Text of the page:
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Here’s an old and particularly strange form of taxidermy. These strange creatures are called Jenny Hanivers. While they might look like dried demons or monster jerky, “a Jenny Haniver is the carcass of a ray or a skate which has been modified and subsequently dried, resulting in a grotesque preserved specimen.”

"One suggestion for the origin of the term was the French phrase jeune d’Anvers (‘young [person] of Antwerp’). British sailors “cockneyed” this description into the personal name “Jenny Hanvers.”

For centuries, sailors sat on the Antwerp docks and carved these “mermaids” out of dried skates. They then preserved them further with a coat of varnish. They supported themselves by selling their artistic creations to working sailors as well as to tourists visiting the docks. Jenny Hanivers have been created to look like devils, angels and dragons.”

The earliest known picture of a Jenny Haniver appeared in Konrad Gesner's Historia Animalium vol. IV in 1558. Gesner warned that these were merely disfigured rays, and should not be believed to be miniature dragons or monsters, which was a popular misconception at the time.”

Top image from the Zymoglyphic Museum collection, bottom image and quoted text via Wikipedia.

[via TYWKIWDBI]

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Jenny Haniver is the carcass of a ray or a skate which has been modified and subsequently dried, resulting in a grotesque preserved specimen. For centuries, sailors sat on the Antwerp docks and carved these “mermaids” out of dried skates. They then preserved them further with a coat of varnish. They supported themselves by selling their artistic creations to working sailors as well as to tourists visiting the docks. Jenny Hanivers have been created to look like devils, angels and dragons. Some writers have suggested the sea monk may have been a Jenny Haniver. The earliest known picture of a Jenny Haniver appeared in Konrad Gesner's Historia Animalium vol. IV in 1558. Gesner warned that these were merely disfigured rays, and should not be believed to be miniature dragons or monsters, which was a popular misconception at the time.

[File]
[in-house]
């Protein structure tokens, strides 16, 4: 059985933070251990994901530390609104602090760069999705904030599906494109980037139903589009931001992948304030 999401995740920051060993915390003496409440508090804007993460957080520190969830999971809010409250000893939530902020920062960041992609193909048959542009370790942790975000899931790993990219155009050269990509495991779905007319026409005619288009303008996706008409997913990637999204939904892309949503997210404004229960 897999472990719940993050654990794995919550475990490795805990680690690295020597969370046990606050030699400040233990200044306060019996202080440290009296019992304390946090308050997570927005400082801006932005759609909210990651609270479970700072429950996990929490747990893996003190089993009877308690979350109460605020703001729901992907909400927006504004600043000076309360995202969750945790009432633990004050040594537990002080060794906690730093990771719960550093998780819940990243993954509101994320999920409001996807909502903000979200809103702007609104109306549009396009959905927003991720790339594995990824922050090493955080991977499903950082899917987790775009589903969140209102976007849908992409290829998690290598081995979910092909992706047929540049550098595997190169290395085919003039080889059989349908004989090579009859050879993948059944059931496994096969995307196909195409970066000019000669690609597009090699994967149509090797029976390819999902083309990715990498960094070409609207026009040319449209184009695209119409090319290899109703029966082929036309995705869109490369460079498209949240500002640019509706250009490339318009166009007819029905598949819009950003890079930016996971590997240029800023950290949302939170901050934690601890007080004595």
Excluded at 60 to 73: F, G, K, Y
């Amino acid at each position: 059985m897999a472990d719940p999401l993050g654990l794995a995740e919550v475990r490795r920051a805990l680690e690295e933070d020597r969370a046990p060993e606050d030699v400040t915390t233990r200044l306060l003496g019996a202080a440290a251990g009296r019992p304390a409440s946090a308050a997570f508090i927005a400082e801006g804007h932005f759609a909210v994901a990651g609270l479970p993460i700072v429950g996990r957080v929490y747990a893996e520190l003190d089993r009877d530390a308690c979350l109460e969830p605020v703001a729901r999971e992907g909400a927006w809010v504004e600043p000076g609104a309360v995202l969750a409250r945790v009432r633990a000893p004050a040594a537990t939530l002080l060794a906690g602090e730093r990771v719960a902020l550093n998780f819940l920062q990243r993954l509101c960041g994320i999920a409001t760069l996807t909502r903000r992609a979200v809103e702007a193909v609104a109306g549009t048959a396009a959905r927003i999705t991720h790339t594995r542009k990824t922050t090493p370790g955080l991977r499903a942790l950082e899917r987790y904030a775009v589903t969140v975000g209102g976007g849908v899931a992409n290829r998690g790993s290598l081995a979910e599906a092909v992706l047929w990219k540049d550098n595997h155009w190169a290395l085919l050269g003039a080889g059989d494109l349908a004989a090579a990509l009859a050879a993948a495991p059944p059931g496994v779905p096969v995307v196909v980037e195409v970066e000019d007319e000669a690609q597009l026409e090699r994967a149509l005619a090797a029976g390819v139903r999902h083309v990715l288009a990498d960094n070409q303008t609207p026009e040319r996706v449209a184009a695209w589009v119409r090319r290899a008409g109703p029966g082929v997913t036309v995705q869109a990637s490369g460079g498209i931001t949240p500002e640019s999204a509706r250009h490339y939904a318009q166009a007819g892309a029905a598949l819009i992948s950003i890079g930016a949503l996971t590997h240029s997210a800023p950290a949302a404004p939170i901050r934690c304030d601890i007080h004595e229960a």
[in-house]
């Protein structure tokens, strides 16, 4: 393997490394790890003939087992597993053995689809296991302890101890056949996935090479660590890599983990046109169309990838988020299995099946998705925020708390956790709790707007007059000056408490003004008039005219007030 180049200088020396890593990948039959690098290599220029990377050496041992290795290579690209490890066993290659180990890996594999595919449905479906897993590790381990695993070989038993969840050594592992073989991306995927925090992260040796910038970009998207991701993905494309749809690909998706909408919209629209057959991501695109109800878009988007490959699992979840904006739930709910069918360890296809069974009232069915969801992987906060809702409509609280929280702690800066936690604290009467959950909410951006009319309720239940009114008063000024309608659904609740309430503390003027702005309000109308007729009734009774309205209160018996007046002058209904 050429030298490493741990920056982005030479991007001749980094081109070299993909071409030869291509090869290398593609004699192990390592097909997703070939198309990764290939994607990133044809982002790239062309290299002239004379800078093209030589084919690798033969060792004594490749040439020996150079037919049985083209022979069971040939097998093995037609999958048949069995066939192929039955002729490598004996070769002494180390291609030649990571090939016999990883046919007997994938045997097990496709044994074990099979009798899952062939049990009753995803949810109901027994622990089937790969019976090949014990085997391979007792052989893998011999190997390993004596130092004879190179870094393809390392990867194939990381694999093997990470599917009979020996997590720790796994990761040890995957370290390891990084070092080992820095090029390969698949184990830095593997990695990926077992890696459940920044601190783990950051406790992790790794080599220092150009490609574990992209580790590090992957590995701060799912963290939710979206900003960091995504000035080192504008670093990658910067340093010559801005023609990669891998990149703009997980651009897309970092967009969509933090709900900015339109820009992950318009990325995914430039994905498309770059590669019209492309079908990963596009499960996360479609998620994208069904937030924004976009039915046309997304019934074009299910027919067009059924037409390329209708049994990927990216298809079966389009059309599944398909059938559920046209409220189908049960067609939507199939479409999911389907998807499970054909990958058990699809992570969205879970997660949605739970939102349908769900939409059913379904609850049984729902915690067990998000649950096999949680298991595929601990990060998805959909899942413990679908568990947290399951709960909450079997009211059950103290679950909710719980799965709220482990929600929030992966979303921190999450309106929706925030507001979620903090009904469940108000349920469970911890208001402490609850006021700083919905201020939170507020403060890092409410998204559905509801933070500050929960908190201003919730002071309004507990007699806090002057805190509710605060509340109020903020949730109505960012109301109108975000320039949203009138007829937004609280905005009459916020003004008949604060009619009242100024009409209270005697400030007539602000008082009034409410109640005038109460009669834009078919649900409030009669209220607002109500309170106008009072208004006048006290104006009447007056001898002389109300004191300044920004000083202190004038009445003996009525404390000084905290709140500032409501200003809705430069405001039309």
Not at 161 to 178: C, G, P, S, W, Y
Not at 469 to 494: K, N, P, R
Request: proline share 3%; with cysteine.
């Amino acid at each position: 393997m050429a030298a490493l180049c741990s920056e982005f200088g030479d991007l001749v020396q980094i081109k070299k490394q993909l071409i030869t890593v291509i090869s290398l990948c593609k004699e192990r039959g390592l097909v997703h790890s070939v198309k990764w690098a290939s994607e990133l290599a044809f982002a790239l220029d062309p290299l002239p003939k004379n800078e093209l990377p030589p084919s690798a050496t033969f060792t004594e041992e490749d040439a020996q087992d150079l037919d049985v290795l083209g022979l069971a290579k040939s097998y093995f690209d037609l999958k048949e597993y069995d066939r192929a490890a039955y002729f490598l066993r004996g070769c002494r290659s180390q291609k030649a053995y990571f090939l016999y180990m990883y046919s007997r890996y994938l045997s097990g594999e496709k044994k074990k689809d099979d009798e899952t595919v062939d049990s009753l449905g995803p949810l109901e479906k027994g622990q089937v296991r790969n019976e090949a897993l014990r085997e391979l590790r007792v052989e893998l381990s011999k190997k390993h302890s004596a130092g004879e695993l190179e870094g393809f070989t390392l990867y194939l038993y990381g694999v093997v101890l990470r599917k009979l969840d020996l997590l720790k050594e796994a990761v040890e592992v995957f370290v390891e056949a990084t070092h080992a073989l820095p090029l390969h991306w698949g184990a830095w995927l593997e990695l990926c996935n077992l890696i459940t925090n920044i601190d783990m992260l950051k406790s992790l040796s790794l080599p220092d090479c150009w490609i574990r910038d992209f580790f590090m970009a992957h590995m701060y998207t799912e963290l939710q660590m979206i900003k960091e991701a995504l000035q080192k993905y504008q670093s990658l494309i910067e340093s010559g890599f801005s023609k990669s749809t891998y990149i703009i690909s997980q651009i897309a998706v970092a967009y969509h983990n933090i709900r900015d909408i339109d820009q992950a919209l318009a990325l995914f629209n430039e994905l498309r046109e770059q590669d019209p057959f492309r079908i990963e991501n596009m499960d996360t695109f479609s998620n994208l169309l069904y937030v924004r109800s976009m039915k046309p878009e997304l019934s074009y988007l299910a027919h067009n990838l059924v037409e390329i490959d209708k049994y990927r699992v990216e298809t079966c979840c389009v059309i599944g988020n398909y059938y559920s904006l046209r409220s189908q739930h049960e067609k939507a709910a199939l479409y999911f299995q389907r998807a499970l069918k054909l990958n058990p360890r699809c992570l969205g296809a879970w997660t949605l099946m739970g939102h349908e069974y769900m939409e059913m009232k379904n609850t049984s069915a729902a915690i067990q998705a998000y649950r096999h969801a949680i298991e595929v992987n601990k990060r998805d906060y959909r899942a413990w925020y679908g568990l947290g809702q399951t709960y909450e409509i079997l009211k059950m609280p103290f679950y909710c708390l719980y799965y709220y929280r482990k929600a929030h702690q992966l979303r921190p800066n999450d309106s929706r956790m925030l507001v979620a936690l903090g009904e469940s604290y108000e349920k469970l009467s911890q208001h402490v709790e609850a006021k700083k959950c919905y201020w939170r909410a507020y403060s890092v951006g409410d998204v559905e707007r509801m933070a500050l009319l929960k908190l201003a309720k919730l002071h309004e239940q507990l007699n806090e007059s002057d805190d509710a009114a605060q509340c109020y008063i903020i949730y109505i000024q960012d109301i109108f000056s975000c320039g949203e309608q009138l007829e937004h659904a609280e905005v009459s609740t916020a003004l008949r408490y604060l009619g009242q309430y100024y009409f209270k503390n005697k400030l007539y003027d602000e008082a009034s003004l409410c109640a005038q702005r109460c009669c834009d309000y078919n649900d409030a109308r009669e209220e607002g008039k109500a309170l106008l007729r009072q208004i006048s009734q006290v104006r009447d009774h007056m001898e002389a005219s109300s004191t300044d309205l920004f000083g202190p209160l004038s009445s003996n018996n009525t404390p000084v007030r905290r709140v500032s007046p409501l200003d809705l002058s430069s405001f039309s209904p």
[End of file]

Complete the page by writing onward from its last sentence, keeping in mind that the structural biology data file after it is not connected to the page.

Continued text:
Haniver was one of the most bizarre choices from the original “Monster In My Pocket” toy line. Described by the series as a creature “with a lure to attract prey,” it was actually an extreme exaggeration of a Jenny Haniver, a type of “monster” made by craftsmen from the corpses of stingrays.

Incidentally, the “Monster in my Pocket” license was why “Pocket Monsters” had to be called “Pokemon” when localized.

my inlaws returned from Florida last week with what they thought was a Jenny Haniver for me, but upon further investigation, it looked like an egg case. we did a little searching and found out it was a skate egg casing, also called a “mermaid’s purse”. So cool!!!

2011.84: A Jenny Haniver. [Aaaahhh!!!11 points]

A Jenny Haniver is the carcass of a ray or a skate which has been modified and subsequently dried, resulting in a grotesque preserved specimen. So I guess, there are technically two of those in the above picture.

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